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Agricultural universities team up on research plan

Posted 27 January

The research being carried out across the institutions which form the AUC – including my own, Harper Adams University – is vital, enabling sustainable food and farming practices to be developed for coming generations. Through collaborative action with each other, industry, and our farmers, we can ensure that world-leading research is deployed in the most effective manner."

The Harper Adams main building from the air.

More than a dozen universities which offer courses in agriculture and carry out agricultural research – including Harper Adams University - are to form the Agricultural Universities Council (AUC).

The institutions are getting together to agree on joint agricultural research priorities, working with farmers and others who have a stake in the industry’s future.

With farming in the UK currently going through a rapid transition, the initiative responds to calls for more joined-up research and to ensure public investment in agricultural innovation makes a difference on the ground.

Sixteen universities recently came together to form the Agricultural Universities Council (AUC) which will engage with all four Governments in the UK in its ongoing work. The Council’s first project will be to map existing agricultural research capacity across the UK for the first time in a decade, and work with farmers, as well as environmental, welfare and community groups, food businesses, and other stakeholders, to shape future research priorities.

This new research initiative was announced today by Defra Secretary of State The Rt Hon George Eustice MP who was speaking at the launch of the UK Agriculture Partnership.

Professor Rob Edwards, Head of the School of Natural and Environmental Sciences at Newcastle University, who chairs the AUC, added: “We already have a wealth of expertise and facilities for agricultural education and research across the UK but we can make even more of it, with more benefit for farming and the public, if we coordinate our efforts.

“That’s why this group of universities, from across the four nations of the UK, has decided to work together as the Agricultural Universities Council. Universities, like all sectors, are faced with a whole range of competing demands and pressures and I’ve been heartened by the huge goodwill and commitment our members have brought to working together.”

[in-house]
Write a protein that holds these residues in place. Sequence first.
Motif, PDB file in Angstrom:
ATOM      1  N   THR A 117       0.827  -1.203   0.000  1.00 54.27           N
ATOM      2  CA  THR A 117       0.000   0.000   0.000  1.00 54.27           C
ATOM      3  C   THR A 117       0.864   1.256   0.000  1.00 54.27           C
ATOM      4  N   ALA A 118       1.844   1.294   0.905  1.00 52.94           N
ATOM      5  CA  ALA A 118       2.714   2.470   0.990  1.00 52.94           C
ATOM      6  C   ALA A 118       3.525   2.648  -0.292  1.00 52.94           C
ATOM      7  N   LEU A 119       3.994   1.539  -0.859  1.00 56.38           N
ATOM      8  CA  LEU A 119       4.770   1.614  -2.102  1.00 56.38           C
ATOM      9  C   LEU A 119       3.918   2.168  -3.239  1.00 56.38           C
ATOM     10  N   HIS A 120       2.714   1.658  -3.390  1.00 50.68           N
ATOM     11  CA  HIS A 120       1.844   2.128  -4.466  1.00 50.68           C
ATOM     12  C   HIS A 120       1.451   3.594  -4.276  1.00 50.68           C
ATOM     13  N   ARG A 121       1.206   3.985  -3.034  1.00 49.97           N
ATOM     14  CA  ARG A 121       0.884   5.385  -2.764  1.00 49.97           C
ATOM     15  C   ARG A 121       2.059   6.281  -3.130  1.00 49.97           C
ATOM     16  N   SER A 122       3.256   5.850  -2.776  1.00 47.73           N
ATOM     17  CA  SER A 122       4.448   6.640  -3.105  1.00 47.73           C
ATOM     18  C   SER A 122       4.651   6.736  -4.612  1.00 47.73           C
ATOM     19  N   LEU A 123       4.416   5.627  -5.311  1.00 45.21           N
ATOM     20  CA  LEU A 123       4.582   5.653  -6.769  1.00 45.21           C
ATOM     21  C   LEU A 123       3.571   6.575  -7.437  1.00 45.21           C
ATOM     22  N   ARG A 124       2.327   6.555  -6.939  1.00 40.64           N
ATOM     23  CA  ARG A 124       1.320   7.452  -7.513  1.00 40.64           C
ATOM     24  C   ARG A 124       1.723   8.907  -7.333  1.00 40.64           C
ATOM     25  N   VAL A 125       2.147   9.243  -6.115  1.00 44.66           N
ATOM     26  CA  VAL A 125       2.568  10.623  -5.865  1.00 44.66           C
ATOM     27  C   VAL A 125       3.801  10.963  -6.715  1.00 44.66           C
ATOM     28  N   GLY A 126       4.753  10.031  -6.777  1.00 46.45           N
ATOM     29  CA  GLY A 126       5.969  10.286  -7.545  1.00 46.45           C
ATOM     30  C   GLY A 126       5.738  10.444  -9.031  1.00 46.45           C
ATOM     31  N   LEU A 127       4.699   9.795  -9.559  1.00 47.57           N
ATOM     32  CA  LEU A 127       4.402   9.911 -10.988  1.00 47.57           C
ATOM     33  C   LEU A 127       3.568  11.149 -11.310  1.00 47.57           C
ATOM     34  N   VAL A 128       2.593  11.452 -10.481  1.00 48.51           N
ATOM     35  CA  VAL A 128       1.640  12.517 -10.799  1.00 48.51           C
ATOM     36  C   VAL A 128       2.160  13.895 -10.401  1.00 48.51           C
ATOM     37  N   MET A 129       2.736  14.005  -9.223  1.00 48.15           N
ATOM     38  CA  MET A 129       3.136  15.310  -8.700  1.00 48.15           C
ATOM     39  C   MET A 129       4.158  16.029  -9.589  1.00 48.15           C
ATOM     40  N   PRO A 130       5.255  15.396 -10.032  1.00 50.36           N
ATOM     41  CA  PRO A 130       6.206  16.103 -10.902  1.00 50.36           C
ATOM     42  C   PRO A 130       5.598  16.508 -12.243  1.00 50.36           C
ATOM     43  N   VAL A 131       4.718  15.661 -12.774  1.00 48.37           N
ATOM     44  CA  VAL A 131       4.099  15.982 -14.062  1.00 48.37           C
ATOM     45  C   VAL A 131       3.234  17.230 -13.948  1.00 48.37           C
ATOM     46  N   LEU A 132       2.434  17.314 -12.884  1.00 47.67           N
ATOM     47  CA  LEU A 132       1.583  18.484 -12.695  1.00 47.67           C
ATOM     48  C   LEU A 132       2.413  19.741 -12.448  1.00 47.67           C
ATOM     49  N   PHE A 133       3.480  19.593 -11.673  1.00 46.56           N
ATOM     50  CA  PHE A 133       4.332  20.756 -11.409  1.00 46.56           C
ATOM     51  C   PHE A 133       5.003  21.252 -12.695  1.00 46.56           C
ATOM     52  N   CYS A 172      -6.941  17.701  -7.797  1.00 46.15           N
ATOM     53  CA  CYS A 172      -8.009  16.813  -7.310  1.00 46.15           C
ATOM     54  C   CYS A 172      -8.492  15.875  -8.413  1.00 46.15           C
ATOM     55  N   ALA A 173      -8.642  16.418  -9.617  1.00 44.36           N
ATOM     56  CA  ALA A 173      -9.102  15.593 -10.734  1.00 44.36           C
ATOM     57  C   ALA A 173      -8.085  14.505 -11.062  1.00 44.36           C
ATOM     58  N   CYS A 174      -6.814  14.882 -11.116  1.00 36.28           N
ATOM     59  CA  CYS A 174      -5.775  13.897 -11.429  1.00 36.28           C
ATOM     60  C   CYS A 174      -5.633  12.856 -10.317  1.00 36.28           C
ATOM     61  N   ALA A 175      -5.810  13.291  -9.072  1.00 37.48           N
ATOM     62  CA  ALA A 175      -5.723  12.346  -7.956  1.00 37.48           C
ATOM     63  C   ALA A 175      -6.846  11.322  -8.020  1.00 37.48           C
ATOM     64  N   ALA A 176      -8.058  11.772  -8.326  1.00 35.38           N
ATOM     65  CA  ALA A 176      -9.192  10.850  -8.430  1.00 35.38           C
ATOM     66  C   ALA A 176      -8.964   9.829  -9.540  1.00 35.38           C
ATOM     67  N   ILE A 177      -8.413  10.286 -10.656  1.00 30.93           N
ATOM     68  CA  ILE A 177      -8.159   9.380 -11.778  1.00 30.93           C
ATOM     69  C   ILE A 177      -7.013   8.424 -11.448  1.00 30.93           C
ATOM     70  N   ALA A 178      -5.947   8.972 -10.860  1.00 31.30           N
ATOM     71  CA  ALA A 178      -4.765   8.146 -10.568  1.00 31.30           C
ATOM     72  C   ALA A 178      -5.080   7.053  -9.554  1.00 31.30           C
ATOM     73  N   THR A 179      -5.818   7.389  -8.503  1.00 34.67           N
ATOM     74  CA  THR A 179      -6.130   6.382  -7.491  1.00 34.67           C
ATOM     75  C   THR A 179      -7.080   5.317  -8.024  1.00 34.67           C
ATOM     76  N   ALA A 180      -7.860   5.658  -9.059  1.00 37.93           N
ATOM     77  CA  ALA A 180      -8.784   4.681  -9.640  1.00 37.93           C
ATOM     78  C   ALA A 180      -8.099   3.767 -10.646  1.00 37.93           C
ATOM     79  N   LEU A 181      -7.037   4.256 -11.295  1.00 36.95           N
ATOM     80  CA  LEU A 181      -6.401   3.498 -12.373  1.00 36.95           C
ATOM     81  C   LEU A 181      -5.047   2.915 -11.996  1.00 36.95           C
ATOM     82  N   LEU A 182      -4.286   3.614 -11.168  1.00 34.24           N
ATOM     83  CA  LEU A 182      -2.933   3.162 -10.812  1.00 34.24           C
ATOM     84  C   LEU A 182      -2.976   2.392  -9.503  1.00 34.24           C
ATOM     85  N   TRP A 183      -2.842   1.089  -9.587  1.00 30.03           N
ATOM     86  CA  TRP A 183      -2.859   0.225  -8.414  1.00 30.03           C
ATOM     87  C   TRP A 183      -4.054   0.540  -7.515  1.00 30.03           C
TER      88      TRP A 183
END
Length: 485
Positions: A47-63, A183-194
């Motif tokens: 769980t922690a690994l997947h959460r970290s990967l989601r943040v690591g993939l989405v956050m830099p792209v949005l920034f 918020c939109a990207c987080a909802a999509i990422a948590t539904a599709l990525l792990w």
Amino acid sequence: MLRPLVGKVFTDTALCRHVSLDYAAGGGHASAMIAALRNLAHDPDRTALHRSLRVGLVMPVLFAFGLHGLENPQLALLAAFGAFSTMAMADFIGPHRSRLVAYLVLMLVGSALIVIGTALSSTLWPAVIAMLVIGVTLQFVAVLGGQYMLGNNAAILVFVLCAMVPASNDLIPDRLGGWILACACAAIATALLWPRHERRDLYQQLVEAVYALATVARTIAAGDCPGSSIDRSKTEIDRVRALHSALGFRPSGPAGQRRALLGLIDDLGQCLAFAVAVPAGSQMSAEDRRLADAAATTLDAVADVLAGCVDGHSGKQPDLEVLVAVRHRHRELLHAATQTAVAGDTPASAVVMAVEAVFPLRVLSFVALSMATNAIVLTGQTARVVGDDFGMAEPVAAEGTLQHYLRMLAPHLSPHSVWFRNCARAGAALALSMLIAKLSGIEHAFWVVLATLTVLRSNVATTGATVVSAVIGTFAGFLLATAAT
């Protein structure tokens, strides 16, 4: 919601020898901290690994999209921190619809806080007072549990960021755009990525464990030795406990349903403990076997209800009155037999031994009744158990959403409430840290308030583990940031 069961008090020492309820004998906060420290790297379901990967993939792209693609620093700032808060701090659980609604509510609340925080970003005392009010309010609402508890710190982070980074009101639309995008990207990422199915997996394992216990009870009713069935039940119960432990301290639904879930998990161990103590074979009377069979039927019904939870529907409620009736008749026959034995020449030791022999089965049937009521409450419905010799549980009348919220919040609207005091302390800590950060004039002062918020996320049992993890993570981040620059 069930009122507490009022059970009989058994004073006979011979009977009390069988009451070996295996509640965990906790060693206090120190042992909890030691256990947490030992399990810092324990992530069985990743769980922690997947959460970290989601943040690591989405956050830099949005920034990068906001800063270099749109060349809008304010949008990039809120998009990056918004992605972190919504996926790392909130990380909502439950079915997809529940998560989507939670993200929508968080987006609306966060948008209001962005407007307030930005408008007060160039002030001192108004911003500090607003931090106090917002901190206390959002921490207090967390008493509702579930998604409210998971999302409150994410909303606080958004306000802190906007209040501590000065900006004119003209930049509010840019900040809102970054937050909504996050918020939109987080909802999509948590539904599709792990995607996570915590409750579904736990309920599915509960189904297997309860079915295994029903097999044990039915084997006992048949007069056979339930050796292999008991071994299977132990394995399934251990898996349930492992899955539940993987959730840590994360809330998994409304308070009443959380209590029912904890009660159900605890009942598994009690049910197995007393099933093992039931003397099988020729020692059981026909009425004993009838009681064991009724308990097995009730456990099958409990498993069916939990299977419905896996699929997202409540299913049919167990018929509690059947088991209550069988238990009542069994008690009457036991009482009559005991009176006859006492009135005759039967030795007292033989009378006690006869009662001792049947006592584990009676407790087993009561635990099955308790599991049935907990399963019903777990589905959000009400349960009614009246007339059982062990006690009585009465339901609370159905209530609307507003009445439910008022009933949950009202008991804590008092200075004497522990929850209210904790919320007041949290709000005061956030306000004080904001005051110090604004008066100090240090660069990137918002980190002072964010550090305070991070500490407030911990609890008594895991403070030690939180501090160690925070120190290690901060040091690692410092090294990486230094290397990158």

The AUC’s work to agree joint research priorities is being supported by the Centre for Effective Innovation in Agriculture (CEIA). Professor Tom MacMillan, from the Centre and who is also the Elizabeth Creak Chair in Rural Policy and Strategy at the Royal Agricultural University, attended today’s UK Agriculture Partnership launch event.

He said: “Farmers, industry, and public interest groups have longstanding concerns about the impact of publicly-funded research. Some of this frustration is shared by scientists, particularly when they find themselves competing for research grants when it would make more sense to collaborate. At this hugely challenging time for farming, it is really refreshing that so many leading research institutions are teaming up to help address this.”

Professor Michael Lee, Deputy Vice-Chancellor at Harper Adams University, said: “The research being carried out across the institutions which form the AUC – including my own, Harper Adams University – is vital, enabling sustainable food and farming practices to be developed for coming generations.

“Through collaborative action with each other, industry, and our farmers, we can ensure that world-leading research is deployed in the most effective manner.

“Our newly formed School of Sustainable Food and Farming will play a vital role in the workings of the AUC. The School is following up on the launch of the UK Agriculture Partnership with a webinar and sandpit event to address the application of science to realise the agricultural transition.

“These invitational events, co-developed with Food and Farming Futures, led by Lord Curry, will result in an advisory paper to support funding decisions in the agricultural sciences and ensure they have impact.”

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